Thyroid toxicities of Immune checkpoint inhibitors, Experience from Emirate of Dubai, UAE


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Mohamed Omara, Muhammad Latif, Elamin Abdelgader, Fatheya Alawadi, Faraz Khan, Maroun Elkhoury, Dalia Elshourbagy, Dina Hamza, S Hammad Tirmazy

Abstract

Background

Immune checkpoint inhibitors (ICIs) including anti Programmed cell death receptor-1, programmed cell death ligand-1 and anti-Cytotoxic T-lymphocyte-antigen 4 have improved patients’ outcome in advanced malignancy. These agents are associated with immune related adverse events including skin toxicity, GI toxicity, hepatotoxicity, renal toxicities and endocrinopathies. The incidence of thyroid dysfunction including autoimmune thyroiditis, hypothyroidism and hyperthyroidism following the use of ICIs varies from 4% to 20%. Aim of this study is to evaluate thyroid toxicities of immune ICIs in our population.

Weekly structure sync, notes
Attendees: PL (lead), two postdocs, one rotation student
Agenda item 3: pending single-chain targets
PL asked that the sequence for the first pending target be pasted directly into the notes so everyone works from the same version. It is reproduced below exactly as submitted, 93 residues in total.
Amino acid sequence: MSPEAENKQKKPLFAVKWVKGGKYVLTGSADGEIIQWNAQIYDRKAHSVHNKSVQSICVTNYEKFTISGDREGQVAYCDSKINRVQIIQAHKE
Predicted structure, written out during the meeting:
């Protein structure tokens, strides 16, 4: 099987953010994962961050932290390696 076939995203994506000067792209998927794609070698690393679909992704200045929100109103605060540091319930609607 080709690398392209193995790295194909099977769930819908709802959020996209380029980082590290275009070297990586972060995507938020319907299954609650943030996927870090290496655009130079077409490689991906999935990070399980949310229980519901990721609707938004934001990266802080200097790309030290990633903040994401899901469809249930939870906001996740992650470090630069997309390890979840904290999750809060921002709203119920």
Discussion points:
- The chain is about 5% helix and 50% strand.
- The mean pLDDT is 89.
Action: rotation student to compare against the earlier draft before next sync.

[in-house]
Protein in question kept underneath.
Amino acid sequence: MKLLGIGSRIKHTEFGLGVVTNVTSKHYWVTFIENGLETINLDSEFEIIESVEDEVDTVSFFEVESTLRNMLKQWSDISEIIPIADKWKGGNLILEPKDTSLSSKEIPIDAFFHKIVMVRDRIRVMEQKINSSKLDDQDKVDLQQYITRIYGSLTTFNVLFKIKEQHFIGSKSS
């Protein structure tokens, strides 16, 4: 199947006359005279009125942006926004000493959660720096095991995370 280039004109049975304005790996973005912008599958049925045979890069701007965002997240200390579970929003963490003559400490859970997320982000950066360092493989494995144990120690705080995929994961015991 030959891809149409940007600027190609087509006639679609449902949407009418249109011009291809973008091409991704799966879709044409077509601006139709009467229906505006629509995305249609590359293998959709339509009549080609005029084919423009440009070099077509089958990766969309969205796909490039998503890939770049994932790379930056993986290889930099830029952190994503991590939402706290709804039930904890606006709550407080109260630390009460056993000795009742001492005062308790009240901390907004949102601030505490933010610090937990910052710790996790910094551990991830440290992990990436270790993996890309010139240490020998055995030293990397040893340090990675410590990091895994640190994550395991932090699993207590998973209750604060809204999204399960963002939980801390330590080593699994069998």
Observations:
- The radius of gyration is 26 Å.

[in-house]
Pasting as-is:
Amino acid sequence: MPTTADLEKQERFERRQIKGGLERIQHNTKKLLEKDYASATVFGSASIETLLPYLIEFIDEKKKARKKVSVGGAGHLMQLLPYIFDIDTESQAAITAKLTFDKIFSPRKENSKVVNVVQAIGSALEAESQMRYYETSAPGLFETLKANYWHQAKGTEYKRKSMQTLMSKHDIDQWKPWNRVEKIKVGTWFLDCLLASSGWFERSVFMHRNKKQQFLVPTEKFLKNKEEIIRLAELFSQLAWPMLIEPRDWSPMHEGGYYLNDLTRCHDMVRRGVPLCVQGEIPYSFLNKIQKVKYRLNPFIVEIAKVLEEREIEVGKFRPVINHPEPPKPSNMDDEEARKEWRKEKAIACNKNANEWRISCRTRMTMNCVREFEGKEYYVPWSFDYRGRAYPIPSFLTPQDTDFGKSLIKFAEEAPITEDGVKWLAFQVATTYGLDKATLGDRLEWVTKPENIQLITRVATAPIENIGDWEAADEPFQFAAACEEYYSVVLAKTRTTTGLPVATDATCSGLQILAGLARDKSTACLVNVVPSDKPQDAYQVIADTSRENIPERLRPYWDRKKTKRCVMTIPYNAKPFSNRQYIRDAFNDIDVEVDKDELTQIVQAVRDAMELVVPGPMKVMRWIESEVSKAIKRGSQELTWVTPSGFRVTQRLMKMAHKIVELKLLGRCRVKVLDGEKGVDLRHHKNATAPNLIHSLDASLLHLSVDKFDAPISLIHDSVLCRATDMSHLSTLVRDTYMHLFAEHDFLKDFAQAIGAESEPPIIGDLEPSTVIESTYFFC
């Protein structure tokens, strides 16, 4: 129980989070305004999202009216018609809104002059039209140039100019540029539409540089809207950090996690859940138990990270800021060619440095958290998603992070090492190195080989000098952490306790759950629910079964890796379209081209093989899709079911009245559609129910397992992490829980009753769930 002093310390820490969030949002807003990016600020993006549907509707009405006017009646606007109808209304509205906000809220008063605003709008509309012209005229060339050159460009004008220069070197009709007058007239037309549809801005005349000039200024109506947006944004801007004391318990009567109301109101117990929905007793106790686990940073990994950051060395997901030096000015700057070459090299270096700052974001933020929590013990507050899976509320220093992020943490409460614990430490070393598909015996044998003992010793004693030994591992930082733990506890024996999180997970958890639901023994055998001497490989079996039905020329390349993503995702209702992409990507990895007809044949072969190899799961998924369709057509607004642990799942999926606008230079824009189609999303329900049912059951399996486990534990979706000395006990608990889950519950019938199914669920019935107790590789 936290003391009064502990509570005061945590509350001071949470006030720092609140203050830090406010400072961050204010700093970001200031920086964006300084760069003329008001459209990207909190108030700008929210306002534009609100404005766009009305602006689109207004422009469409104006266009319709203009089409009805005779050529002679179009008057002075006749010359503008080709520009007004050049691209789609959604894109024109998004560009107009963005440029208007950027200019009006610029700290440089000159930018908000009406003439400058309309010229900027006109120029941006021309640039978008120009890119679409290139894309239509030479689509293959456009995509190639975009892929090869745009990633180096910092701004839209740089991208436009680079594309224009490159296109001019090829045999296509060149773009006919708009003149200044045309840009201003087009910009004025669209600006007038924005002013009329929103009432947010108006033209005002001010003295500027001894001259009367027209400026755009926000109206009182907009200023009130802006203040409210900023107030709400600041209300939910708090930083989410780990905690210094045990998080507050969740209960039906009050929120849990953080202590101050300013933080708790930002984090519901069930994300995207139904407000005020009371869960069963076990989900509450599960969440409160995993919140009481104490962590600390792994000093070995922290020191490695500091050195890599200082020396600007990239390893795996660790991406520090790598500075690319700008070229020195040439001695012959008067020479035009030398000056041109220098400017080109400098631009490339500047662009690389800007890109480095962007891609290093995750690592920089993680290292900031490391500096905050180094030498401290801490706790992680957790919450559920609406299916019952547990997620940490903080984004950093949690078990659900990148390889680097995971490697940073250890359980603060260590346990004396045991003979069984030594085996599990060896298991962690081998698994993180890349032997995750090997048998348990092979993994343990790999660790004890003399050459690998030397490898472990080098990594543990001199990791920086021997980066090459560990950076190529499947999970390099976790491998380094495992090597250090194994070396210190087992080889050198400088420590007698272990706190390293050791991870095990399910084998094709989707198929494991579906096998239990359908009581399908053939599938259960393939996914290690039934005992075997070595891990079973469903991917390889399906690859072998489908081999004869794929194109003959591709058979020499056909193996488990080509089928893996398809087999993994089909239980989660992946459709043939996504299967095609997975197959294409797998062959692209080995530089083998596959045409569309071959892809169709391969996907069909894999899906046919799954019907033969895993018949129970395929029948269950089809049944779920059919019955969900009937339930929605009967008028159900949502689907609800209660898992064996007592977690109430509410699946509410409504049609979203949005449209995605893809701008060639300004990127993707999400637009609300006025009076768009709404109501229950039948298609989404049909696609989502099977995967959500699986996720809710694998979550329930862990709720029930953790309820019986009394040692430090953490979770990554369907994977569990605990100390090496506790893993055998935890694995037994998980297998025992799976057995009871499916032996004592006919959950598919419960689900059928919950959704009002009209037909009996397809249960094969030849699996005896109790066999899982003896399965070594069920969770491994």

Method

We reviewed electronic medical records of patients treated with ICIs for advanced malignancy from two tertiary care centers in the emirate of Dubai, UAE including Dubai hospital and American hospital from November 2015 to October 2019. Patients were identified through hospital cancer registry. Data regarding patients’ demographics, cancer type, type of ICIs, thyroid related adverse events, and duration of treatment were collected retrospectively.

Results

43 patients were identified with median age of 60 (27-80) years. 26 patients were male and 17 were female. Lung cancer was the most common diagnosis (n=24) followed by renal cell cancer (n=6), melanoma (n=4) and other malignancies (n=9). Majority of patients received Nivolumab (n=19, 44%) followed by Pembrolizumab (n=18, 42%), Atezolizumab (n=4, 9%) and Durvalumab (n=2, 5%) respectively. 

Pre-treatment thyroid functions were normal for all patients. After treatment initiation, 19 (44%) patients developed thyroid abnormalities including overt hypothyroidism (n=11, 57%), overt hyperthyroidism (n=2, 11%), subclinical hypothyroidism (n=4, 21%) and subclinical hyperthyroidism (n=2, 11%). 37 % patients treated with Nivolumab developed thyroid dysfunction as compared to Pembrolizumab (56%). Immune mediated thyroid toxicities were managed according to standard guidelines and there were no treatment discontinuations.

Conclusion

Hypothyroidism was the most common thyroid adverse event in patients treated with ICIs in our study. Treatment was well tolerated and there were no treatment related discontinuations or deaths.

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